England expects as thrilling Euro 2020 approaches crunch stage - is it really 'coming home'?
And then there were eight. One of the most engaging and dramatic European Championship tournament finals since the competition’s inception 61 years ago is approaching a conclusion.
There is a brief hiatus following the thrilling round of 16 fixtures before an intriguing set of quarter-finals begins on Friday evening. England are now the bookmakers’ firm favourites to lift the Henri Delaunay Trophy at Wembley on July 11. Can Gareth Southgate’s side validate those odds and meet the growing hype and expectation which again surrounds their quest to win a major trophy?
Here, The Scotsman takes a look at the eight remaining contenders and assesses their prospects ...
What a difference 11 days makes for England manager Southgate and his squad. The objects of derision from their media and supporters alike after drawing 0-0 with Scotland at Wembley on June 18, they left their national stadium on a wave of euphoria and renewed belief on Tuesday evening after beating Germany 2-0.
England are the only team yet to concede a goal in the tournament and with captain Harry Kane breaking his duck to join in-form Raheem Sterling on the scoresheet, they certainly have the firepower to go all the way. Assuming they overcome rank outsiders Ukraine in their quarter-final in Rome on Saturday night, England will have a glorious opportunity to “bring it home” with the semi-finals and final on their own turf.
Bookies’ odds: 15-8 favourites. Scotsman verdict: Runners-up.
After a stuttering start to their group stage campaign, La Roja kicked into gear with the 5-0 demolition of Slovakia which secured their progress to the last 16.
Now, after the pulsating 5-3 extra-time triumph over Croatia in Copenhagen on Monday, Luis Enrique’s men may be finding the kind of form which could earn their nation a record-breaking fourth European Championship crown.
With much-maligned striker Alvaro Morata having regained his mojo, they should overcome Switzerland in Saint Petersburg on Friday.
Bookies’ odds: 3-1. Scotsman verdict: Semi-finalists.
A faultless group stage campaign underlined why Roberto Mancini’s squad were fancied by many pundits ahead of the tournament.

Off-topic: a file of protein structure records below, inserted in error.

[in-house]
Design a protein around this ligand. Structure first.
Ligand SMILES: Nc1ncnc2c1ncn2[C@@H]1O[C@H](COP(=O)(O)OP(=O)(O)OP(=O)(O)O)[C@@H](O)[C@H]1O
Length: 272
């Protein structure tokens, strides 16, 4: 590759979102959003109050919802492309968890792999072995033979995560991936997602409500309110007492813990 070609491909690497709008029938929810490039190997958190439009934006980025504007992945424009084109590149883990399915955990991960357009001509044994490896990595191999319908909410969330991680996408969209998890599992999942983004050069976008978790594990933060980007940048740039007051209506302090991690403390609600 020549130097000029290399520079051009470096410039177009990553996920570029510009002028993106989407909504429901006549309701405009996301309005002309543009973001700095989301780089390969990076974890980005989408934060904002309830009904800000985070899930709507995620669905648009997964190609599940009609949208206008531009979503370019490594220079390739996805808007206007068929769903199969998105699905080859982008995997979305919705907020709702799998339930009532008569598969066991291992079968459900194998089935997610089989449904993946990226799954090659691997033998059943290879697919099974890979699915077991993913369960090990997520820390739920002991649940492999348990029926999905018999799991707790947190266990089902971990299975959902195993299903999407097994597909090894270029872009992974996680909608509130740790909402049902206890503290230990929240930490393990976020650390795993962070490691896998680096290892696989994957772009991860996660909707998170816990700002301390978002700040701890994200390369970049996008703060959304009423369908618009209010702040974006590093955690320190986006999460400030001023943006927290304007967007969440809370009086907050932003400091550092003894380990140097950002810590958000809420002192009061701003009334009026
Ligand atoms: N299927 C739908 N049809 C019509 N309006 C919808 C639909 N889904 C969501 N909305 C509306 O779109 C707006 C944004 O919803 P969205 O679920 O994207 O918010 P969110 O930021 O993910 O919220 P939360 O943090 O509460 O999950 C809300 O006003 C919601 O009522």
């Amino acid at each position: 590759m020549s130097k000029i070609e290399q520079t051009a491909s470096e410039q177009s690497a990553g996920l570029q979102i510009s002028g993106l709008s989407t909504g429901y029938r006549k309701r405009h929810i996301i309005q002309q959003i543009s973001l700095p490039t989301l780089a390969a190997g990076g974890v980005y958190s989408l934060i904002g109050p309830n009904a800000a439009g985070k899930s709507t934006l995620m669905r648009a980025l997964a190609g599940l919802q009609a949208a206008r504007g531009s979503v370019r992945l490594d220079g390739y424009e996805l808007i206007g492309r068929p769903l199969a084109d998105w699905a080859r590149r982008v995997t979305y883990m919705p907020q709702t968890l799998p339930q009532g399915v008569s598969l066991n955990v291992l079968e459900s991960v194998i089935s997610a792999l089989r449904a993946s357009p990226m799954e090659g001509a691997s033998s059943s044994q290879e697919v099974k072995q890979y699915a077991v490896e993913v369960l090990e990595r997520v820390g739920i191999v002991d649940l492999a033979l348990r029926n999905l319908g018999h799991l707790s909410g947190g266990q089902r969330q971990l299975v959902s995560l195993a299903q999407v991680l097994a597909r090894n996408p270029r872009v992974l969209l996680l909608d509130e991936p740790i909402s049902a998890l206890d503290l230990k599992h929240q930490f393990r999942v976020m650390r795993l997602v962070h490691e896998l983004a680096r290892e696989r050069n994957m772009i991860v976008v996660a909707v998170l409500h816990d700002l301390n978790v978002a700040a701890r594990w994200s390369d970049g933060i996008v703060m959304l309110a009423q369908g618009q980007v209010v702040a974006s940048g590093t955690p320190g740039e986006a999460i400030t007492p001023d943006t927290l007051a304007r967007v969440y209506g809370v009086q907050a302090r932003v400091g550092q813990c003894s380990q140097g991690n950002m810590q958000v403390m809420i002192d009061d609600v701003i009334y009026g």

The former Manchester City boss has combined creativity and attacking flair with his nation’s traditional defensive solidity to create a formidable outfit. But they were not without vulnerability in their edgy extra-time 2-1 win over Austria in the last 16, weaknesses which can be exploited by Belgium in a blockbuster last eight clash in Munich on Friday night.
Bookies’ odds: 4-1. Scotsman verdict: Quarter-finalists.
Having wreaked havoc on Italian defences as a title-winner in Serie A with Inter Milan last season, Romelu Lukaku will hope to repeat the trick for Belgium in their quarter-final against the nation where he plays his club football.
The striker is the focal point of a well-balanced Belgian side who ousted reigning champions Portugal in the last 16 and have an outstanding opportunity to grab silverware for their ‘golden generation’ of players. If playmaker Kevin de Bruyne can recover full fitness, Roberto Martinez’s squad can truly fulfil their potential.
Bookies’ odds: 13-2. Scotsman verdict: Winners.
There would be no more popular winners than the Danes, following their traumatic start to the tournament with the on-pitch collapse of star man Christian Eriksen, if they could repeat their fairytale triumph of 1992.
They have performed like a team possessed to reach the last eight, bolstered by the attacking threat of impressive duo Kasper Dolberg and Yussuf Poulsen. That momentum may well carry them beyond the challenge posed by Czech Republic in Baku on Saturday evening but this particular story is likely to go no further than the semi-final stage.
Bookies’ odds: 10-1. Scotsman verdict: Semi-finalists.
After their relatively laboured progress through the group stage, where their only victory came against a dismal Turkish side, few would have given the Swiss even the remotest hope of extending their stay in the tournament any further.
Yet Vladimir Petkovic’s side delivered one of the most memorable comebacks in European Championship history on Monday night in Bucharest, knocking out world champions France on penalties after trailing 3-1 with just nine minutes of regulation time remaining.
In Benfica striker Haris Seferovic, they have a player capable of unsettling any defence. But while they can certainly ask questions of Spain in Saint Petersburg on Friday evening, Switzerland’s unlikely journey may have reached its zenith.
Bookies’ odds: 25-1. Scotsman verdict: Quarter-finalists.
Inspired by the consistent brilliance of goalkeeper Tomas Vaclik and the predatory instincts of Golden Boot contender Patrik Schick, the Czechs have built impressively on the 2-0 win over Scotland at Hampden which began their campaign.
Although aided by the dismissal of defender Matthijs de Ligt in their last 16 victory over Netherlands in Budapest last Sunday, Jaroslav Silhavy’s team were worthy winners and will go into their well matched quarter-final against Denmark in buoyant mood.
Bookies’ odds: 25-1. Scotsman verdict: Quarter-finalists.
The lesson of Greece’s triumph at Euro 2004 is that, sometimes, even long shots do make it. But it would perhaps trump even that shock outcome if Ukraine were to add their name to the tournament’s roll of honour this year.
Andriy Shevchenko’s side squeezed into the last 16 as the lowest-ranked of the four third-placed nations in the group stage, but showed real resilience to overcome Sweden in extra-time at Hampden on Tuesday night.
But while they have fine performers in Manchester City defender Oleksandr Zinchenko and Gent striker Roman Yaremchuk, they are likely to find England have too much for them in Rome on Saturday night.
Bookies’ odds: 33-1. Scotsman verdict: Quarter-finalists.
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